“Following the declaration of the state of emergency, we ordered home office for all our colleagues whose physical presence was not essential for our operation,” a Knorr-Bremse spokesperson tells the BBJ.
The separation of workers in time and space and regular disinfection of working areas between shifts are just a few of the measures introduced. To ensure continuous production, the company has also diversified its parts and raw material supply. Thanks to its financial stability, Knorr-Bremse has not had to lay off any employees, and says it is not planning to do so.
“We are proud of the Hungarian engineering performance and the production of high value-added products. The commitment of our development engineers is indicated by the fact that they have sought, through volunteer work, the opportunity to be able to provide an oxygen supply unit to temporary hospitals in the event that the country needs it,” the company told the BBJ.
NI Hungary started what it thought would be a well-planned, busy year in 2020, with several strategic goals to accomplish, including the further innovative development of its Debrecen site (231 km east of Budapest) where, in the past few years, emphasis has shifted from producing electrical installations to be assembled by their customers to producing entire systems.
Continuous production and delivery have not stopped, despite the challenges caused by the pandemic. Only a few long-term strategic project planning processes were put on hold (and then for about two weeks only), but right after proactively introducing new working methods, all these goal planning activities were back on track as well.
The key to the continuity is the strong corporate culture and a very cooperative team which have helped smooth adaptation to the new conditions, general manager Róbert Hosszu told the BBJ.
“We were quick to react. We have two main priorities: Caring for the health and safety of our NI team members, their families, and our communities, and doing everything we can to help take care of the needs of our customers and partners,” Hosszu explained.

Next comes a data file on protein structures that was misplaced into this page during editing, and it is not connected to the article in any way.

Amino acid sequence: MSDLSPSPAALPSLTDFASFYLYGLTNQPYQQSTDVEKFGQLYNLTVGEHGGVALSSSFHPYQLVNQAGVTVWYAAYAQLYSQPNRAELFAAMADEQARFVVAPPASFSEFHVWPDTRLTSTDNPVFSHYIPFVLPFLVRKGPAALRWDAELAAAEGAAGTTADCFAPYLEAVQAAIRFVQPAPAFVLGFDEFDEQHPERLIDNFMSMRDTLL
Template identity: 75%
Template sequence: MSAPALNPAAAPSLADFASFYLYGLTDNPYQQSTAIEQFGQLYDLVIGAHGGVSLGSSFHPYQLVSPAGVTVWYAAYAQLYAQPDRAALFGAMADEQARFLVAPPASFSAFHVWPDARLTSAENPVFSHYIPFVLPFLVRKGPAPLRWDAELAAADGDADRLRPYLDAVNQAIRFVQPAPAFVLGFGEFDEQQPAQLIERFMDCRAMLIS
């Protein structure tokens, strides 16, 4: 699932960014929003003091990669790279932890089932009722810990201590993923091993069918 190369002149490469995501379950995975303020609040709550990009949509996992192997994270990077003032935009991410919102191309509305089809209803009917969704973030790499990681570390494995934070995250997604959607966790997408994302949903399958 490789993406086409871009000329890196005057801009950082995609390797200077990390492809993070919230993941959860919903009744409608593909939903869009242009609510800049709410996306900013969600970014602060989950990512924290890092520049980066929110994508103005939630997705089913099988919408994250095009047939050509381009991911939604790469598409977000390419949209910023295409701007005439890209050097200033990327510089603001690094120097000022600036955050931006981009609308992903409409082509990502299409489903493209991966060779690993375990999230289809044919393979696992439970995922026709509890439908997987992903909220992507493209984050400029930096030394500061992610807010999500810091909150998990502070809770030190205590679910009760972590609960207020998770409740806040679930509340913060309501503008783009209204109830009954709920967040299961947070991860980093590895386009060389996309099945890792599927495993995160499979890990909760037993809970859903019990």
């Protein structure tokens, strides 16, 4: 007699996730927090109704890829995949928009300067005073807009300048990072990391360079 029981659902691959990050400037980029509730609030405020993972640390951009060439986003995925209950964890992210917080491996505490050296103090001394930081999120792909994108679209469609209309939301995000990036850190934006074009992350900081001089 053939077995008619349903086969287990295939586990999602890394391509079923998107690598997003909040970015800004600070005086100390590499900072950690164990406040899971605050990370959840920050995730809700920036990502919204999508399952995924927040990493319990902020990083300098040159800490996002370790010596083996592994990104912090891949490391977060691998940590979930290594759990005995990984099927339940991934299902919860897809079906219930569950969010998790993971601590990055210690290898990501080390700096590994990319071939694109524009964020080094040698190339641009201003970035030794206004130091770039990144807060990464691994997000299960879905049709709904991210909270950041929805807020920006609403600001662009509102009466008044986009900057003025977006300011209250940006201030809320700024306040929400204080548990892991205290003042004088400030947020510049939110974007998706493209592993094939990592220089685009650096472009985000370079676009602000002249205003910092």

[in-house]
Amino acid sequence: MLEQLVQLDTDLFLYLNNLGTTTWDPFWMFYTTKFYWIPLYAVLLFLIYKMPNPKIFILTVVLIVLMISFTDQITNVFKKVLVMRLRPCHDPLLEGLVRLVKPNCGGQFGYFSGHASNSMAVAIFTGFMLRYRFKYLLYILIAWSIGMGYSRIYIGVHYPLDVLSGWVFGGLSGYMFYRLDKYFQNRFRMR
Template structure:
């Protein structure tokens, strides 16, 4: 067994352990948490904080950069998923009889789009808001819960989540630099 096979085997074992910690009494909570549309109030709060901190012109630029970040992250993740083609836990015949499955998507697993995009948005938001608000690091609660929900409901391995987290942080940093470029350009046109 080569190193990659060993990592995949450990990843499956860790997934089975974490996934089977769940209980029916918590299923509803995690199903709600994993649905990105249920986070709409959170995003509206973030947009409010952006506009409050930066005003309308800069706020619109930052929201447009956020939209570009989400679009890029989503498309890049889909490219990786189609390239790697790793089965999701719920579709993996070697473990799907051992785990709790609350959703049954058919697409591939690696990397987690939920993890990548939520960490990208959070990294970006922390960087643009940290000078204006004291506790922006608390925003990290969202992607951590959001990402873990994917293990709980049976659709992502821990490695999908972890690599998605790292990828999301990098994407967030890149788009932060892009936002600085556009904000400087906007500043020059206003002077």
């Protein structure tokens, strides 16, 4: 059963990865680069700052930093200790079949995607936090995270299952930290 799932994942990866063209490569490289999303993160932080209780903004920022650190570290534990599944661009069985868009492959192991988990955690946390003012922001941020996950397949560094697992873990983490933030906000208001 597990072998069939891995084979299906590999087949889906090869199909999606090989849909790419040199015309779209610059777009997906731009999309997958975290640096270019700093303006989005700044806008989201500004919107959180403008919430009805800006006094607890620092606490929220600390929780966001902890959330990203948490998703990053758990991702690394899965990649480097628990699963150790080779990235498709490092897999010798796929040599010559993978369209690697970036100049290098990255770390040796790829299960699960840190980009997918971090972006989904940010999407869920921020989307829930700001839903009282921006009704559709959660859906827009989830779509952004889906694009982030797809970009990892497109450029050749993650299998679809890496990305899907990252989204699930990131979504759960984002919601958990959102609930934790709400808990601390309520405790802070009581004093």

“Well before the first patient had been registered in Hungary, we suspended all international travel to and from our site.”
NI Hungary set up a crisis team at the end of February which, in cooperation with the management and employees, worked out a crisis strategy. This, amongst many other steps, included the isolation of different functions at the site.
Home office has also been introduced for more than 700 people; after some adjustments at the very beginning, the IT system is now working well with no hiccups, even under such heavy load, the company says. It has also helped some manufacturers that started to produce ventilators by providing them with testing systems at very short notice.
“If a company can finance its operations today, in the medium-term it may be more a question of how it keeps pace with market growth,” Hosszu says. “Thanks to the wide spectrum of our products and clients, we are well positioned to endure this period and NI remains committed to connecting engineers with the tools and resources they need, while also supporting its employees and their local communities around the globe.”